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Xoresth : Vortex Of Desolation

Turkish Funeral Doom band Xoresth show some potential, but don't quite get there this time.

'Vortex Of Desolation' is the first brush I've had with Turkey's Xoresth. Indeed, I don't honestly remember ever listening to any other Turkish bands within the Metal spectrum, which made this release an interesting one to sample. On an included inlay that was more designed for a cassette case than for a CD case, it stated that the music would appeal to fans of Evoken, which further piqued my interest.

Now, I'm not prepared to say that Evoken fans definitely won't like this release but suffice to say that I struggle to find the parallels between Xoresth and Evoken. The first impression that 'Vortex Of Desolation' left me with is that the band were trying to emulate Denmark's Nortt rather than America's Evoken. They deployed the same type of approach with slow but powerful Funeral Doom, desolate vocals, and solemn but atmospheric backing. The trouble is that I don't think they were quite good enough to pull it off.

For me, the harsh vocals aren't deep enough to work well in this kind of music. That's not to say that they aren't good vocals; they're just not well-suited to this atmospheric bombardment. I think that the vocals would shine more with a "tortured" approach to their Doom Metal.

Furthermore, I feel like the band have rushed their songs on this release. To make Funeral Doom of this nature successful, I think that the composition of each track is even more pivotal than usual because there's nowhere to hide when everything on each track is designed to be as clean and transparent as can be. Therefore, when I hear keyboards relentlessly playing throughout each track rather than interludes, it almost sounds like they're vying for centre stage with the vocals, and that's not how they should be played, in my opinion. They're supposed to accompany the music and even send tracks in another direction, not get lost in the mix, which is basically what I found happening all too often.

In terms of production, I thought this release was a bit too "mashed up", if you will. Again, if they're going for what I'd call a Nortt approach, they need to be very precise with their production and they haven't been. To me, it sounds quite sloppy, almost as if the band didn't know what they wanted to be the focal point of each segment.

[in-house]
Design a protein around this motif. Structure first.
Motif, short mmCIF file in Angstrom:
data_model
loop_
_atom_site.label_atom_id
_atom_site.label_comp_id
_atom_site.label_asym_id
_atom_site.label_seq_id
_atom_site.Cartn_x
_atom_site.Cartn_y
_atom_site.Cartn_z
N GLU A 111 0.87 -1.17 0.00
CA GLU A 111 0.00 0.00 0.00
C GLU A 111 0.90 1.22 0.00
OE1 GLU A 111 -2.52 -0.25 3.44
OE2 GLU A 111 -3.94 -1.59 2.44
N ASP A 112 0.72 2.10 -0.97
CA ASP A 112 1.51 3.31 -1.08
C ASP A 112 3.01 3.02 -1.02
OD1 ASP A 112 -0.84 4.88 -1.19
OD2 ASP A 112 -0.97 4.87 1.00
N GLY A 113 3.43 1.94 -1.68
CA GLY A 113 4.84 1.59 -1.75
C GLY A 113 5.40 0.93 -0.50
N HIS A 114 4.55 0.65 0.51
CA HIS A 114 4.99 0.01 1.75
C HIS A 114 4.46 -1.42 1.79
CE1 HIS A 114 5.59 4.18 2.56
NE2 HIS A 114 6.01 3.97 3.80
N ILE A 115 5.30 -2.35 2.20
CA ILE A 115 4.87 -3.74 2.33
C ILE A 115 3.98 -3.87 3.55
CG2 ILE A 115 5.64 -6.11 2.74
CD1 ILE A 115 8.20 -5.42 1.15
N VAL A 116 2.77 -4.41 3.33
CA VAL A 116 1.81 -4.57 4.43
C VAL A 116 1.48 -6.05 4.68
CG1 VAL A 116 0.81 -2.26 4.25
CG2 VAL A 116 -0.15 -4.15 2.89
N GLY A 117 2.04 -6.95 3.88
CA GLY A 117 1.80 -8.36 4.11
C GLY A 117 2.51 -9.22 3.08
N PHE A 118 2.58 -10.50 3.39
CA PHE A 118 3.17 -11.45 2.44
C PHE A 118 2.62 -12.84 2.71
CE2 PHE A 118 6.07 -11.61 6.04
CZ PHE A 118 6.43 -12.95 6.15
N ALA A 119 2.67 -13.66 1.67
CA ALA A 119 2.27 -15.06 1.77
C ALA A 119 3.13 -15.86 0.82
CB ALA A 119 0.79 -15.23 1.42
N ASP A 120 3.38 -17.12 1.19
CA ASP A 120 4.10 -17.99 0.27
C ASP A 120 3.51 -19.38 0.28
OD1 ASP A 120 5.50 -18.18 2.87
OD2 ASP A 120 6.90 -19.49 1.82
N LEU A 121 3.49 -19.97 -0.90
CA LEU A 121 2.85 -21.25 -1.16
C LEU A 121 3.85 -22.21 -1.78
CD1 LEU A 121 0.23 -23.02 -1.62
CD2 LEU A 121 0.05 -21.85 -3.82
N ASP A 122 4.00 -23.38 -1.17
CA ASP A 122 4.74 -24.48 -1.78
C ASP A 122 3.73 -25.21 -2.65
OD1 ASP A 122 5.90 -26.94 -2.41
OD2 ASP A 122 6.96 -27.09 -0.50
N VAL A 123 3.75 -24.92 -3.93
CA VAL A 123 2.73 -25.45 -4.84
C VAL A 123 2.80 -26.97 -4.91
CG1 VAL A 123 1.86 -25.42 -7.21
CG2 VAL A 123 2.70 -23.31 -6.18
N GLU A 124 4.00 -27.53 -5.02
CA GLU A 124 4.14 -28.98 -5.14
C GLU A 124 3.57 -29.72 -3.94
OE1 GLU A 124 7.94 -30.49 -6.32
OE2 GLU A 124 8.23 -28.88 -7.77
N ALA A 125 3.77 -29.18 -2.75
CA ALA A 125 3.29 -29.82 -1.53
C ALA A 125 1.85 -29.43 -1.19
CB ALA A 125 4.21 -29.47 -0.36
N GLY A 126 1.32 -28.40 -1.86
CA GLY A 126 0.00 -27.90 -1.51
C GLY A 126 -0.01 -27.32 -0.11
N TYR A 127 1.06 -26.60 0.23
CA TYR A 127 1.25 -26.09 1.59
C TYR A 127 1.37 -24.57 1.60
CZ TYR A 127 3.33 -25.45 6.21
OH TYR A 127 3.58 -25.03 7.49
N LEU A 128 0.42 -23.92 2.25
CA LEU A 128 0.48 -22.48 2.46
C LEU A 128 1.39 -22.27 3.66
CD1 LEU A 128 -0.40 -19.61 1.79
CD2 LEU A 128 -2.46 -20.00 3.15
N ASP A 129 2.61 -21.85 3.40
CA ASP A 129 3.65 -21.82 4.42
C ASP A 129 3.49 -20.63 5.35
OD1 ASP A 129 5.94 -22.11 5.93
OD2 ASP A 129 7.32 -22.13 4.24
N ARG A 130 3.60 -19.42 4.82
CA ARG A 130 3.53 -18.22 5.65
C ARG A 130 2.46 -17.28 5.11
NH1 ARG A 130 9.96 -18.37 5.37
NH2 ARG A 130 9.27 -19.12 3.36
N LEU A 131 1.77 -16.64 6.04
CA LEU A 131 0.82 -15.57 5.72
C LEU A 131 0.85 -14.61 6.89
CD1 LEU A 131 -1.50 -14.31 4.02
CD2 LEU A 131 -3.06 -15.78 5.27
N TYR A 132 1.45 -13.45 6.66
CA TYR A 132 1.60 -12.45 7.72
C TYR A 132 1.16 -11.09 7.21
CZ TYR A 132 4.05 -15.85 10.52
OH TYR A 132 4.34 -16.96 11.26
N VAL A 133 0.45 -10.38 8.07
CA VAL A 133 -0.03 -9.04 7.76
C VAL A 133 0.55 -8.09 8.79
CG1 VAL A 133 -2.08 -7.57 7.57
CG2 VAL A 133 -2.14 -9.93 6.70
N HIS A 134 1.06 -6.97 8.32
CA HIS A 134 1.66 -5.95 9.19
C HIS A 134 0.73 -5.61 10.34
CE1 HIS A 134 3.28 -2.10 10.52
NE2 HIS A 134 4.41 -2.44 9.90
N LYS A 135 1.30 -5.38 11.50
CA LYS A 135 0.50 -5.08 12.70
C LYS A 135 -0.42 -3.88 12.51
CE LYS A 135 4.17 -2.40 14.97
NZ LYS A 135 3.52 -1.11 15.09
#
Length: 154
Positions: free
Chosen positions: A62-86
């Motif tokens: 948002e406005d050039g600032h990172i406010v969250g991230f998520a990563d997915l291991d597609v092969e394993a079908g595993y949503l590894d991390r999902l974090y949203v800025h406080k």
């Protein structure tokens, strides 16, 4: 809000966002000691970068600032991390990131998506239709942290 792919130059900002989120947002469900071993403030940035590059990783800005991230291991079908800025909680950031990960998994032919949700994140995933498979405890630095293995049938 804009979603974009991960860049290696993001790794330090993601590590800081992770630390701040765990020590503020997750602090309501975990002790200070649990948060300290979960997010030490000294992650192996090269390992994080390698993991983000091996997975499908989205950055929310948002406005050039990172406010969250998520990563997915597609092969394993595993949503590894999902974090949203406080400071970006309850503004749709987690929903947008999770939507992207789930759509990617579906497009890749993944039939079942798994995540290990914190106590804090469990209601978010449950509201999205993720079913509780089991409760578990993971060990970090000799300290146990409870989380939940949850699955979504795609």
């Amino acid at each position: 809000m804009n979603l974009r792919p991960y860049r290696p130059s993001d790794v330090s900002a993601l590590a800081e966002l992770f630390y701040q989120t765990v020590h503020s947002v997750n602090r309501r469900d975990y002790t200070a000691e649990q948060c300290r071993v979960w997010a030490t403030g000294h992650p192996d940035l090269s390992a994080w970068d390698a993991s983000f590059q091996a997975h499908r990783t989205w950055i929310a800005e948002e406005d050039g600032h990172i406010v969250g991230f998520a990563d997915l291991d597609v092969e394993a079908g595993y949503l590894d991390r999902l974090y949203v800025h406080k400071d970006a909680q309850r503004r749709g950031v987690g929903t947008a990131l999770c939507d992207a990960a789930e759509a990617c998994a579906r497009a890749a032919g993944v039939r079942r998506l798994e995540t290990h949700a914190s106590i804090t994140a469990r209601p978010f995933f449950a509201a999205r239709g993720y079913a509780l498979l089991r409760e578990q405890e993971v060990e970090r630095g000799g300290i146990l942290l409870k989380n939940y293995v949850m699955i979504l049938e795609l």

Additionally, I thought that the transitions between tracks were quite poor. It felt like there was a section missing between track one and two, given the almost contrasting styles that materialised from one second to the next. Between track two and three, it felt like there was an accidental period of silence that was more than merely providing a level of drama. As for the final track - it felt like an exaggerated outro more than an actual track.

On the one hand, I am glad that a band has valued Nortt (directly or indirectly!) to the same level that I do. I'd love to hear more bands successfully emulating the Danish project because I find that type of music very powerful and enjoyable to listen to. However, I don't think that Xoresth have done a good job of that here. Their minimalistic approach doesn't complement the atmosphere that they're attempting to generate, and the harsh vocals don't fit the music either. I don't want to be too harsh on the Turkish band but this is one of my favourite types of Doom Metal to listen to, and this band hasn't done it very well. They're not that far off, weirdly enough, but this kind of release is more reminiscent of a first take than a finished product. There's definitely room for improvement on 'Vortex Of Desolation', and I certainly hope they can make that leap in their next release.

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Reviewer's rating: 5.5/10


Tracklist :
1. Illusion Before The Matter
2. Vortex Of Desolation
3. Nefes

Duration : Approx. 34 minutes

Visit the Xoresth bandpage.

Reviewed on 2018-11-14 by Ian Morrissey
Thermal Mass
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